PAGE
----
If her Clarissa Delaney stories hadn’t already become some of my favourites, Vikki VanSickle would’ve sealed the deal for me with this one. Of all three books, Days that End in Y is the one that we read in the least amount of time (three days) because my Summer Squinks and I really devoured it. Even I was truly surprised at how quickly we flew through the chapters – I couldn’t assign them enough pages to read, and we had to be really careful (à la River Song) not to reveal spoilers just in case someone had not quite reached a particular scene.

What I really enjoyed about Days that End in Y was that although the wedding (Which wedding? You’ll have to read to find out!) seemingly took centre stage, the relationship between Clarissa and Benji was much more intriguing and compelling. And the ending really left me breathless. I couldn’t believe VanSickle’s audacity and brilliance in leaving me all emotionally spent, and (still) not knowing if she would tell me what happens next. Evil and completely brilliant, I tell you. I asked some of my Squinks from the summer what it was that made them read Days so quickly, but they couldn’t really put a finger on it … All they knew was that they wanted to know more.  This, my Squinks, is part of the magic of storytelling and part of the reason why VanSickle is truly on the same level as the likes of Judy Blume and Rick Riordan. You just want to read more. Even now, months later, I still wonder how the rest of Clarissa and Benji’s summer is going. Have they begun high school yet? If so, what outfits did Clarissa and Mattie wear?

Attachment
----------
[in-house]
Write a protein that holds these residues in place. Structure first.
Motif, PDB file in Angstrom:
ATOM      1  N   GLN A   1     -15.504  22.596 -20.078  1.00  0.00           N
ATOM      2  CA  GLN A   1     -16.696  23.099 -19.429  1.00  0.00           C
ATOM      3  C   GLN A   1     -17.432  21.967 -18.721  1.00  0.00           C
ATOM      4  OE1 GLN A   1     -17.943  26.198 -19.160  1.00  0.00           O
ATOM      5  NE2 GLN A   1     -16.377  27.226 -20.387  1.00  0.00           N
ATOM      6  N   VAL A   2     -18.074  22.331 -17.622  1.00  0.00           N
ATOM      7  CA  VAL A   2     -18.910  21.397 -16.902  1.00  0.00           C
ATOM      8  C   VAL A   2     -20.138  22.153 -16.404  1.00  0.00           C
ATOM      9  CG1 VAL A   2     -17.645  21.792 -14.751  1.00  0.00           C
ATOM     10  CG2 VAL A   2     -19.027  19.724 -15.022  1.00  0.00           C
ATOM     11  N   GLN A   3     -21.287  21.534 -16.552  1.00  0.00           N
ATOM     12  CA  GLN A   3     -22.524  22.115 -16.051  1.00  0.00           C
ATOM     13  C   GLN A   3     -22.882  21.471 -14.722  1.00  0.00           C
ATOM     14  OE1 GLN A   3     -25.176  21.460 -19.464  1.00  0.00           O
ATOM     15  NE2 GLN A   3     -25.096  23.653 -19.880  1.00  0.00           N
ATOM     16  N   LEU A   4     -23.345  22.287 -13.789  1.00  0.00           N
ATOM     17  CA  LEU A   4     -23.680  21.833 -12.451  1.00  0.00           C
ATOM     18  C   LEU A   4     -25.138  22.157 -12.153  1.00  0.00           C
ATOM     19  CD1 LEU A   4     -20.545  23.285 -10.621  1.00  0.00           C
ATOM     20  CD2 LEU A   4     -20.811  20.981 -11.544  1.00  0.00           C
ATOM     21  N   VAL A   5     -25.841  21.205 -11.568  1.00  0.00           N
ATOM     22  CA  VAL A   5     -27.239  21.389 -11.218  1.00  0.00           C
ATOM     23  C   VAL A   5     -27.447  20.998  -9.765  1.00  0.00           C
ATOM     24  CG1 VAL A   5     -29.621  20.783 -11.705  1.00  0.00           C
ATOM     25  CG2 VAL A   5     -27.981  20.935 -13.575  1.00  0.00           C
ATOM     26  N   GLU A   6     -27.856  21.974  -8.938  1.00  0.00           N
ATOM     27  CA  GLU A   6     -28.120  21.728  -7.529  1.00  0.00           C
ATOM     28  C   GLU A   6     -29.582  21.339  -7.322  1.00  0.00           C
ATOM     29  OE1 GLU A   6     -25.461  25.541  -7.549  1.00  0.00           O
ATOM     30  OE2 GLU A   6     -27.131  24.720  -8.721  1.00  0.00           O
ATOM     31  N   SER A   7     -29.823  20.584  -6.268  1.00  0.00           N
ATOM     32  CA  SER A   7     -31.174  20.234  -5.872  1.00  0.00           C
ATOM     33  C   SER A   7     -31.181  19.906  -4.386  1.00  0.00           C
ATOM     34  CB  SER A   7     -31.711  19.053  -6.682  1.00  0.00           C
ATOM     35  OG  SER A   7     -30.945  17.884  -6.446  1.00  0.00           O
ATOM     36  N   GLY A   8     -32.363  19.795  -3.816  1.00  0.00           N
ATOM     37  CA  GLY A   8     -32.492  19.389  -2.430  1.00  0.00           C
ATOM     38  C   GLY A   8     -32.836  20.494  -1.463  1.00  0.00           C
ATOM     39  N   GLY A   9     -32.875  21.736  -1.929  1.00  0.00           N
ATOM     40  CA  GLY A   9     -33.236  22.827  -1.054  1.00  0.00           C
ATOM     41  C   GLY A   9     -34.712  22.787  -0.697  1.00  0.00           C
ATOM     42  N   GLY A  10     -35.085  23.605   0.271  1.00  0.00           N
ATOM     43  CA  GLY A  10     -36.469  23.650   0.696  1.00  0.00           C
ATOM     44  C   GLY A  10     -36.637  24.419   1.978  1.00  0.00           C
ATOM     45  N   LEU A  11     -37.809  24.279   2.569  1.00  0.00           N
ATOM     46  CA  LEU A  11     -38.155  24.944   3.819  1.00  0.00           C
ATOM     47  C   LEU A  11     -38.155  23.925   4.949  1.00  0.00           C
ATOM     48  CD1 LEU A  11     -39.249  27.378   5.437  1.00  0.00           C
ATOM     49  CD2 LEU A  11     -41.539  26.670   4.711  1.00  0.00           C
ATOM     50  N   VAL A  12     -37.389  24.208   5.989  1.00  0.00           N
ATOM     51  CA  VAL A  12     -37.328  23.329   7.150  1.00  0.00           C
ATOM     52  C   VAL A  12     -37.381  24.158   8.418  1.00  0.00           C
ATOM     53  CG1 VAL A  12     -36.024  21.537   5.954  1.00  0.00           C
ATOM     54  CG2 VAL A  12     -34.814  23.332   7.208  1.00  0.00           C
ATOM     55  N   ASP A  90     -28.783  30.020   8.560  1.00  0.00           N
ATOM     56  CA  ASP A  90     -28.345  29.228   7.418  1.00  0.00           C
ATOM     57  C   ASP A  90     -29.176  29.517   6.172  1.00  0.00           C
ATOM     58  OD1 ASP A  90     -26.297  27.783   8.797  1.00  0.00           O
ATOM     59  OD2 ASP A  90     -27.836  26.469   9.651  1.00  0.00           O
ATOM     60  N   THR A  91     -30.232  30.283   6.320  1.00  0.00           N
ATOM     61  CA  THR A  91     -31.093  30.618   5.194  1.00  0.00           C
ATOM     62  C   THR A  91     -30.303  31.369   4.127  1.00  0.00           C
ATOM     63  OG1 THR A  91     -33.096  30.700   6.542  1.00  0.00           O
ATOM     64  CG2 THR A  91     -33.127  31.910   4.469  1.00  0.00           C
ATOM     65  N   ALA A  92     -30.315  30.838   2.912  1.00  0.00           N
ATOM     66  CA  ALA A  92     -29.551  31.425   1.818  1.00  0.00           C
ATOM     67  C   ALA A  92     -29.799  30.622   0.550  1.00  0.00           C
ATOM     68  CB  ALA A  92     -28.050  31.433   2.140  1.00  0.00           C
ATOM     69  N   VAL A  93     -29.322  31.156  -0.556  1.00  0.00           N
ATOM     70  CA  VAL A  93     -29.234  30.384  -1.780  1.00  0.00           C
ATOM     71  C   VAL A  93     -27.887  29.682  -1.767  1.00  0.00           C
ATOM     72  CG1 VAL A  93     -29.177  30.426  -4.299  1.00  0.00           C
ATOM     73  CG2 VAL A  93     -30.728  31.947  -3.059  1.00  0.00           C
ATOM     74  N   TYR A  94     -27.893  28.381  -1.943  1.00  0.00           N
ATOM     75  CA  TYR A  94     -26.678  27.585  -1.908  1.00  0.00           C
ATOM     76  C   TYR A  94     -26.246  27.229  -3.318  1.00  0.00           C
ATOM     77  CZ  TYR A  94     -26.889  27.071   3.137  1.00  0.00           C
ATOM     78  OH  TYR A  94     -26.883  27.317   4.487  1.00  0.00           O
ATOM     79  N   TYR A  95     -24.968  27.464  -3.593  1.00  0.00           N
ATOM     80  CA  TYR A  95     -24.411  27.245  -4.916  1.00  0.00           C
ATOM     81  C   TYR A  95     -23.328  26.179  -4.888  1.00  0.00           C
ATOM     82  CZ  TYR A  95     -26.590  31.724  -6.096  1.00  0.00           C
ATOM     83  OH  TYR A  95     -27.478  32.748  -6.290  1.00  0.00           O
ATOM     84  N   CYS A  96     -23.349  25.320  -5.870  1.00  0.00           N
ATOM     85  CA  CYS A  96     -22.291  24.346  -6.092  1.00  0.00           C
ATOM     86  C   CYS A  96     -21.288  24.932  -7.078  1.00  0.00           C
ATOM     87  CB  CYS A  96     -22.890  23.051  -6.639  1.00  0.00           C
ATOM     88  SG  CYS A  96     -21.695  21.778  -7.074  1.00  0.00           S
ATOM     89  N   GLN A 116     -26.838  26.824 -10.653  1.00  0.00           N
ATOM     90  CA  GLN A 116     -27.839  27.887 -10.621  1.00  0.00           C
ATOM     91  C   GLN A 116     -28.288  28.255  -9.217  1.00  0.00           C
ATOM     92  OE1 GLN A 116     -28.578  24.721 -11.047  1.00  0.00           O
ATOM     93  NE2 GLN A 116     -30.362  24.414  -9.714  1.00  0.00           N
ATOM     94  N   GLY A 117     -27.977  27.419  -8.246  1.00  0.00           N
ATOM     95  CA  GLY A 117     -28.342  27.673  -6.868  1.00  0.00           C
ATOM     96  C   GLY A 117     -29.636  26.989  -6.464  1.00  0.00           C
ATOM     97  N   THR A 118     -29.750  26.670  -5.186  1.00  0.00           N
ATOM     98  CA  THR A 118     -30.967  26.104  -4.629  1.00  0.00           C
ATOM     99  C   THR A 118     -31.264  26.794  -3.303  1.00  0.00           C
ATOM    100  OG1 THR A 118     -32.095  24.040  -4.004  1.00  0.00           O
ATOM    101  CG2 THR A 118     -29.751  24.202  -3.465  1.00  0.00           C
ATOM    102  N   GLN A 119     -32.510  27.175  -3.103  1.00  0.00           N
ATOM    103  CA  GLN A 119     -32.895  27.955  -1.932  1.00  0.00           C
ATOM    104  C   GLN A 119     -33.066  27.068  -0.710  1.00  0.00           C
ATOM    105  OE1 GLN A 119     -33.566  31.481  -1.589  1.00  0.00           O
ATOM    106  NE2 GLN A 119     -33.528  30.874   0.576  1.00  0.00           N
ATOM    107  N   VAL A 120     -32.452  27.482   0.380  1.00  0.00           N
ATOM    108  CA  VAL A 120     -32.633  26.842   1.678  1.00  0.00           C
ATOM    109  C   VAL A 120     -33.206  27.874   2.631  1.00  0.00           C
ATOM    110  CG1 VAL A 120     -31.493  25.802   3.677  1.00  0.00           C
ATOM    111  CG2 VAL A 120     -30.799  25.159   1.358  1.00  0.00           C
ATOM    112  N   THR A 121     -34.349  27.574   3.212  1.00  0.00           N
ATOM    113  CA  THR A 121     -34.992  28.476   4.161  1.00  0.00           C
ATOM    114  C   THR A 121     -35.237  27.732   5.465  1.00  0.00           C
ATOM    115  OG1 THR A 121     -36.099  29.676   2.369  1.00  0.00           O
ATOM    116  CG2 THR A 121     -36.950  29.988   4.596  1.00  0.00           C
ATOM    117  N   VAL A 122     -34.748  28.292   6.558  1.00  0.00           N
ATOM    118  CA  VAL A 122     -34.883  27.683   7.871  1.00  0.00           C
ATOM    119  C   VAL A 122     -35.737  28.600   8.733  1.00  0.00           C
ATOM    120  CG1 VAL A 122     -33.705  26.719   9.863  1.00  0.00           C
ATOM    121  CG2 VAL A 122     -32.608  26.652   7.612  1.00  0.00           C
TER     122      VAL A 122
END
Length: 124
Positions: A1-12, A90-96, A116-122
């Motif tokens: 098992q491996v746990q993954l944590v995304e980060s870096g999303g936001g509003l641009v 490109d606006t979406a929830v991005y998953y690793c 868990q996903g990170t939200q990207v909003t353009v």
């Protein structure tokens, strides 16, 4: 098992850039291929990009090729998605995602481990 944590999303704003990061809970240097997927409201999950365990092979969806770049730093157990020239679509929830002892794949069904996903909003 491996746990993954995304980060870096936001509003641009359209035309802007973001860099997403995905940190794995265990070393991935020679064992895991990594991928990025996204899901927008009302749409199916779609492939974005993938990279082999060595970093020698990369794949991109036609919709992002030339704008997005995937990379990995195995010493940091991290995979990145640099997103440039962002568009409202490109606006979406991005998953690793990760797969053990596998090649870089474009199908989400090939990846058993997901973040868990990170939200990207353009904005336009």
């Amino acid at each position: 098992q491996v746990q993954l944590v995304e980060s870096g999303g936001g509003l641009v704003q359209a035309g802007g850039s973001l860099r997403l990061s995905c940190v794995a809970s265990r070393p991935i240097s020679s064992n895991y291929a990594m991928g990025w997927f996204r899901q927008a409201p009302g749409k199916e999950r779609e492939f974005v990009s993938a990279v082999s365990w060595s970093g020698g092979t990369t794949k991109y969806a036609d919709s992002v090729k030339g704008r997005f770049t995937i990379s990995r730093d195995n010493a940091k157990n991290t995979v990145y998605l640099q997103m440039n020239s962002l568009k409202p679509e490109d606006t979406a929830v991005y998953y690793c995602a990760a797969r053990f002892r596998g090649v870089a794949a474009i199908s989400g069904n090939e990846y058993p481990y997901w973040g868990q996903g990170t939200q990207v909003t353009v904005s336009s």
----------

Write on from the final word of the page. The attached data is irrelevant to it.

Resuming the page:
I am so glad that what turned out to be a Vikki VanSickle summer worked out so well. It wasn’t planned (beyond the first book anyway), but some of the best things in life come by happenstance, as you know. If you read this series along with us, I hope you enjoyed the friends’ adventures as much as we did. More importantly, I hope these characters and their stories stay with you throughout the year. And if you’re so inclined, I encourage you to get in touch with VanSickle … Let her know how much you loved Clarissa Louise Delaney and that her stories made summer school not as horrendous as you thought it would be.